Internationalization of the Chinese Renminbi: 5 Key Opportunities & Risks
December 2, 2015
By Megan Seto, Associate at McInnes Cooper,
Robb Baird, former Lawyer at McInnes Cooper
On November 30, 2015 the International Monetary Fund (IMF) agreed to anoint the Chinese renminbi to its basket of reserve currencies effective October 1, 2016. The decision raises the renminbi to a select number of currencies – the dollar, euro, pound and yen – recognized as meeting the “freely usable” standard. This significant decision will continue to have long range implications in Canada for cross-border mergers and acquisitions, financing transactions, dispute resolution, international tax with transfer pricing, and also international trade. Here are five of the key opportunities and risks it presents. The renminbi is the official name in Mandarin; yuan is the unit of measuring the currency.
The decision to internationalize the renminbi marks roughly 10 years in China’s efforts towards international credibility as a stable currency, and comes five years after the last review of the renminbi in 2010. It’s the first change in the currency compensation of the “freely usable” standard since 1999 when the euro was included.
The purpose of an international currency should be a store of value, a medium of exchange, and also a unit of accounting for residents and non-residents. Currency when used for private purposes is used for currency substitution, bridging currency trading in foreign exchange markets, and used as a unit of account to denominating trade and financial transactions.
The addition of the renminbi will take effect on October 1, 2016, assigning the yuan a 10.92% weighting, according to the IMF’s November 30, 2015 news release.In comparison, the American dollar currently accounts for 41.9%, and will become 41.73%, of the basket.
Here are five of the key opportunities and risks the IMF’s decision to internationalize the Chinese renminbi could create:
- Reduced volatility. This summer was marked by volatility in Chinese markets. The IMF’s approval of the renminbi as a standard currency is an indication that reforms have been implemented in China, and will likely continue. For Canadian investors, this means that foreign trade and financial transactions will be less exposed to currency fluctuations and specifically, a greater reduction in exchange rate risks. Central banks will also follow the renminbi to measure its reserves. The internationalization of China’s currency effectively signals that China remains a relatively safe place for transactions, and that the renminbi is fully reliable and may be freely used. However, despite China’s efforts, the experience this past summer suggests that credibility will continue to be a perception challenge.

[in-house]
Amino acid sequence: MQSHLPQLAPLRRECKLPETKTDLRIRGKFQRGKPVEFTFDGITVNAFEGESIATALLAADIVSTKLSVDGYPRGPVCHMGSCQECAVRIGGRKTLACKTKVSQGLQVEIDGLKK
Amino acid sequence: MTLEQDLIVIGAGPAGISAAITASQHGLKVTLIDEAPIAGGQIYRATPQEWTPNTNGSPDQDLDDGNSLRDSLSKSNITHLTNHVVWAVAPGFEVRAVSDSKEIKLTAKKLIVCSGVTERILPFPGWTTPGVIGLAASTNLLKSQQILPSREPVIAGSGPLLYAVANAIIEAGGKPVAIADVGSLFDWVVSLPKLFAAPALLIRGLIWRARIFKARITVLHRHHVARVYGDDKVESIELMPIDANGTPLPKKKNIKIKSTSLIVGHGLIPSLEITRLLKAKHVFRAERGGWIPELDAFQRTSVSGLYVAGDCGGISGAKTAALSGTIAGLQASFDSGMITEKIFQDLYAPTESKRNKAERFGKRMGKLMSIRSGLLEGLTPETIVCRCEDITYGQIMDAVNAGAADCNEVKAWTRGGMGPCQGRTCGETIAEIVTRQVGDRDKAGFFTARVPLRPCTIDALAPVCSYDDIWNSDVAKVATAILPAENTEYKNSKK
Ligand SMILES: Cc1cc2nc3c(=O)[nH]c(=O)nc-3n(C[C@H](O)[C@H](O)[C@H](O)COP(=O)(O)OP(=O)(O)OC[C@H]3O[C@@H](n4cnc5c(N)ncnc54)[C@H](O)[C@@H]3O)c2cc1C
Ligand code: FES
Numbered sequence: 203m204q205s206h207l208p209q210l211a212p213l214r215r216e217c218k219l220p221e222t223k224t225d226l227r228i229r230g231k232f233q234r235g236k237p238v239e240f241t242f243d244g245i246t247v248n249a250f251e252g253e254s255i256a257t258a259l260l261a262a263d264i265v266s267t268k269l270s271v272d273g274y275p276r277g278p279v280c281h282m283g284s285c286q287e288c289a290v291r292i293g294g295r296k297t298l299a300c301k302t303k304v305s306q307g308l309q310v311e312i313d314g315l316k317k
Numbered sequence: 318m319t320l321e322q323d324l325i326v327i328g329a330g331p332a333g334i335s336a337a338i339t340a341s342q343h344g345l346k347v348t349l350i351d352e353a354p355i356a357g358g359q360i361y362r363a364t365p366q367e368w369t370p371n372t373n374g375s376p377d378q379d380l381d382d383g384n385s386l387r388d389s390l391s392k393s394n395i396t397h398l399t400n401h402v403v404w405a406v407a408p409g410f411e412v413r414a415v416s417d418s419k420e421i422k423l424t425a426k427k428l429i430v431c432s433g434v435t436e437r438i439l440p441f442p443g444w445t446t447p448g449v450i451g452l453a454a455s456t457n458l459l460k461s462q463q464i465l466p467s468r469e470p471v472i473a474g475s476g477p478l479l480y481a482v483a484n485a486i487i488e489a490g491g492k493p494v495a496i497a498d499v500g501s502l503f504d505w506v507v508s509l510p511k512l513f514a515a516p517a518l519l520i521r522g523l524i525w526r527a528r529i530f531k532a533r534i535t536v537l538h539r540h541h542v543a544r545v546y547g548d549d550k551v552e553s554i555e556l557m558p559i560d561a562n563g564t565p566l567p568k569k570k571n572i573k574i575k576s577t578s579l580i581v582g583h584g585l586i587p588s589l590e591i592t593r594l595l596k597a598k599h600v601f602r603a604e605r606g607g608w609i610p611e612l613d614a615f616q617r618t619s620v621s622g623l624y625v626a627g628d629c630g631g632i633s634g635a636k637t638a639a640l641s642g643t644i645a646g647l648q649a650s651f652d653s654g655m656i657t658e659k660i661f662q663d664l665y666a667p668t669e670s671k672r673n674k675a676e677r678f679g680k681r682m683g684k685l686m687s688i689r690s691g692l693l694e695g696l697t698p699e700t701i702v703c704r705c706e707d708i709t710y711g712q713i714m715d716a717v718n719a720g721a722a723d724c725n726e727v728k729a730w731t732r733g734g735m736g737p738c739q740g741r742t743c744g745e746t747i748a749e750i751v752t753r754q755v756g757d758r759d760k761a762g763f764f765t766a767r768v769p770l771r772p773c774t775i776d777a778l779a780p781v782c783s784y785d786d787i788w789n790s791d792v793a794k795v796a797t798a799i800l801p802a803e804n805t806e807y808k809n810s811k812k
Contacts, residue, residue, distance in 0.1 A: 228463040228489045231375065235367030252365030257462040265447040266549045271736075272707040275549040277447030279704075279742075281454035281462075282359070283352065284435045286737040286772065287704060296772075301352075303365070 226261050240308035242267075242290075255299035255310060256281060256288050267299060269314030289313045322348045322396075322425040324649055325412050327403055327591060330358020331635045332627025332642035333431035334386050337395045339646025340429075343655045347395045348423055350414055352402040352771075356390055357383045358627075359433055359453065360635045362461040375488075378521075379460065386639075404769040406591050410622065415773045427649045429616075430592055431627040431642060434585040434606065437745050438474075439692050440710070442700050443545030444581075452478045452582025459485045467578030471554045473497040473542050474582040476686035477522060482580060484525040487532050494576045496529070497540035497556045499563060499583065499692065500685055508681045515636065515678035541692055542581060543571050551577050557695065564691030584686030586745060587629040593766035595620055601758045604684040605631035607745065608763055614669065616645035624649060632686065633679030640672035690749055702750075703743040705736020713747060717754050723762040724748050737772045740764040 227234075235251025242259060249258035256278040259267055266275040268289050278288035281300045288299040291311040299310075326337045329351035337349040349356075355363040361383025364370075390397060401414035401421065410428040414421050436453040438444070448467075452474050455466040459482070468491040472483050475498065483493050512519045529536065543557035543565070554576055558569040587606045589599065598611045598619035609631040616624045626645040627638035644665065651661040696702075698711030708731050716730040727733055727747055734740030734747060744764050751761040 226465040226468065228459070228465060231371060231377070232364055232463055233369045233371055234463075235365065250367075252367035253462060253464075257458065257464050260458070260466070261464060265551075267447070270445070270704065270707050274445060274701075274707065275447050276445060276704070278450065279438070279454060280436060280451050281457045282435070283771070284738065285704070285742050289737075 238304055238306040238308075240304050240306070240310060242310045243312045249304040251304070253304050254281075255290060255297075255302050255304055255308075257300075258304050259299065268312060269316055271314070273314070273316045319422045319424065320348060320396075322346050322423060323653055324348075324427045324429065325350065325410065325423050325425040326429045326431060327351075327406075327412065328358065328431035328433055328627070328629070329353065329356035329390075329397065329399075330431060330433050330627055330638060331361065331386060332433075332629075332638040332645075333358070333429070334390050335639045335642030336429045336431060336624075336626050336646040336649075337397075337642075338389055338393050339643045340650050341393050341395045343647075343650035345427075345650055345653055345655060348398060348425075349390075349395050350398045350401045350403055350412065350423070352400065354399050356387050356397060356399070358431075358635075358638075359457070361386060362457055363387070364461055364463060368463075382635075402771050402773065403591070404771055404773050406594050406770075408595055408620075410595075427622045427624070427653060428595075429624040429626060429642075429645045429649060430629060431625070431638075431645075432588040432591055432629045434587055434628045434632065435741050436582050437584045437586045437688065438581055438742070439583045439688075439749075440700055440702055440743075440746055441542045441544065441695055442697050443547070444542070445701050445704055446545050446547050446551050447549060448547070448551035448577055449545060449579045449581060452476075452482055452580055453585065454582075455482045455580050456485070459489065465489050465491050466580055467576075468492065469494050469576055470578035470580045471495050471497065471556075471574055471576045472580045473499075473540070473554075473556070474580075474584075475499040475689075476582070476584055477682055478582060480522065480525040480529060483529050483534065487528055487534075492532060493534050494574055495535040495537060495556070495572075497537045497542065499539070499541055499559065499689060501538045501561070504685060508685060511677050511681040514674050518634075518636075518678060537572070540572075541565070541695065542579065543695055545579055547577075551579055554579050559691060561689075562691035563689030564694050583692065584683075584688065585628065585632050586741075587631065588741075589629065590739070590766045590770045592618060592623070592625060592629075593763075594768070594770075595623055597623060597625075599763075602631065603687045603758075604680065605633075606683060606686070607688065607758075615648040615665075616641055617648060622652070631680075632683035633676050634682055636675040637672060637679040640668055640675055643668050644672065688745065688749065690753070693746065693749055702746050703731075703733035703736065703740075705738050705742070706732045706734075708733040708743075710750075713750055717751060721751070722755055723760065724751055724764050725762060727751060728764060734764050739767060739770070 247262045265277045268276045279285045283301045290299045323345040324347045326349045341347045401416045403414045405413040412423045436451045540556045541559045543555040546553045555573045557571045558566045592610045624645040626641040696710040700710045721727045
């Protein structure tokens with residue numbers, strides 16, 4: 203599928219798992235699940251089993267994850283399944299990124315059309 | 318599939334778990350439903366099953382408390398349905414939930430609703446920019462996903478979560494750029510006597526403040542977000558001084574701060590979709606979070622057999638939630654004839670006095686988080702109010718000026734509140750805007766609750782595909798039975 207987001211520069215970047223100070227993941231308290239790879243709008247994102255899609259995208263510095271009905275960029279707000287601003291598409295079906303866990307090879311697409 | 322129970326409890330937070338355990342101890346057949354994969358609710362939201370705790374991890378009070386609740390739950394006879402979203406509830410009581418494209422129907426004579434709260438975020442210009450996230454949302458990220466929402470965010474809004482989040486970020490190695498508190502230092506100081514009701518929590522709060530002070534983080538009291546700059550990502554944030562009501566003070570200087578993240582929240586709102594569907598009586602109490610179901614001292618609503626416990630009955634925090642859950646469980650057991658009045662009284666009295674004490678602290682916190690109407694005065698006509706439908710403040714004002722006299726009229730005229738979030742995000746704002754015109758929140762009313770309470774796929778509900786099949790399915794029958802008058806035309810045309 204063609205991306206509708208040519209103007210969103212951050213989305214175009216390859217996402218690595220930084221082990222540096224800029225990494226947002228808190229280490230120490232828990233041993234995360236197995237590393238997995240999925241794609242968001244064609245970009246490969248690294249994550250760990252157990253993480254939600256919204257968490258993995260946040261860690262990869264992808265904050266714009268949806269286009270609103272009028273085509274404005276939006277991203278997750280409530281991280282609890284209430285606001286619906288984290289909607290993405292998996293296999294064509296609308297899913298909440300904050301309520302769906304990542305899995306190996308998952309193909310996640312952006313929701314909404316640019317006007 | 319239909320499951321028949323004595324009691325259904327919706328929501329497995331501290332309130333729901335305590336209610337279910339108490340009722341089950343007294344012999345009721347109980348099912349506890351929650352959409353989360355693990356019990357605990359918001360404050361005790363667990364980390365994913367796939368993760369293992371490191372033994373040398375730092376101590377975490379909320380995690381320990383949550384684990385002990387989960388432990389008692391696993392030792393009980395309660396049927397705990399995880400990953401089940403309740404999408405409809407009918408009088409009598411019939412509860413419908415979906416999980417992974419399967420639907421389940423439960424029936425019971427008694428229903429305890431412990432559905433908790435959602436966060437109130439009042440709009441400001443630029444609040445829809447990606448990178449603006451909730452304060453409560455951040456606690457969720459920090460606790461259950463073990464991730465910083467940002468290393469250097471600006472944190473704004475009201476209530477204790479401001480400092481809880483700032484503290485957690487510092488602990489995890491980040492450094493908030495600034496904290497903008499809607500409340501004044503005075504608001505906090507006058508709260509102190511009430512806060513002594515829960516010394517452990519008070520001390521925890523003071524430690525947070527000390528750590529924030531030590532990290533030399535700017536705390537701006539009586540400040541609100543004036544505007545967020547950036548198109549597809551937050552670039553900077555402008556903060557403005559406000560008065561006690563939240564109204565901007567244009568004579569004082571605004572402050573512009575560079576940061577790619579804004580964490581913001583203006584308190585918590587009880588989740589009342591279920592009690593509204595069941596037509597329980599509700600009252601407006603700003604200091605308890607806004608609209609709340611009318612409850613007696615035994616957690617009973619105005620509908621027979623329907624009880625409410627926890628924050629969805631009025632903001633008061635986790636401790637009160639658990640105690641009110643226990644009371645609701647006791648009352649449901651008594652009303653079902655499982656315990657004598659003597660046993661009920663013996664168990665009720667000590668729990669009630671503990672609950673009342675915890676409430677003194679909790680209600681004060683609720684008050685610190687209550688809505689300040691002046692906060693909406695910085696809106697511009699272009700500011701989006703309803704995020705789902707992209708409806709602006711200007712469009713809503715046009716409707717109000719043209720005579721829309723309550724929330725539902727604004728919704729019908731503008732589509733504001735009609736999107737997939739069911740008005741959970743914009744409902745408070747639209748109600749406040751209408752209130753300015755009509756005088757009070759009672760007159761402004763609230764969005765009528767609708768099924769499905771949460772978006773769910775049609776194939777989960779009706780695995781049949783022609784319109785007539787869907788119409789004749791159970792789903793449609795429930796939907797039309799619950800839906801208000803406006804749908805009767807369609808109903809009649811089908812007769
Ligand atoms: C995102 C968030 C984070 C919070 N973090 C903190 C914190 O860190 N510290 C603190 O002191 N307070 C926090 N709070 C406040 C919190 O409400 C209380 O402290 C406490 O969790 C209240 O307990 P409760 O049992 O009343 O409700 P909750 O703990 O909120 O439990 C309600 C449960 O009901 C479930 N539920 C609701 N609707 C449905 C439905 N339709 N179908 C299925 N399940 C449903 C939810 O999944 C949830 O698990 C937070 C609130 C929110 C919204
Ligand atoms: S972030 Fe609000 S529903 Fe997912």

- Use of currency in transactions. The internationalization of the renminbi also means that more foreign trade and financial transactions will involve China’s currency. Transactions will also be settled, paid, and disputed in the yuan: exports from China will be invoiced and settled in the yuan and for Canadian importers, the yuan will now be the language of currency for manufacturers, infrastructure deals, and foreign investment from China.
- International tax. In the international tax context, the use of the yuan will also be subject to greater scrutiny in the context of foreign exchange and transfer-pricing planning and taxation authority disputes.
- International trade. It’s no secret that China remains eager to trade in an effort to spur growth and to stop recent decline. The internationalization of the renminbi is also part of China’s immediate plan for a massive 64 infrastructure project known as “One Belt, One Road.” Although China is not a party to the Trans-Pacific Partnership Agreement (TPP) trade agreement, local officials and financial observers have hinted that China is likely to sign on to it two years from the date most nations adopt the TPP. To learn more about the TPP, read McInnes Cooper’s: Trans-Pacific Partnership Agreement (TPP) Expands Export / Import Opportunities.
- Greater embedment of China in global economy. With these opportunities comes the risk that the renminbi will be more deeply integrated into the global economy, and with that, greater sensitivity should the renminbi suffer further volatility. The internationalization of the renminbi may also change centers of finance from western countries, to Singapore for example. Though the implications remain to be seen at this early state, one possibility is that countries and investors alike will have more choices about where to bank – and Chinese banks and the yuan may grow to rival North American banks and the dollar.
Please contact your McInnes Cooper lawyer or any member of our McInnes Cooper Cross-Border Team to discuss this topic or any other legal issue.
McInnes Cooper has prepared this document for information only; it is not intended to be legal advice. You should consult McInnes Cooper about your unique circumstances before acting on this information. McInnes Cooper excludes all liability for anything contained in this document and any use you make of it.
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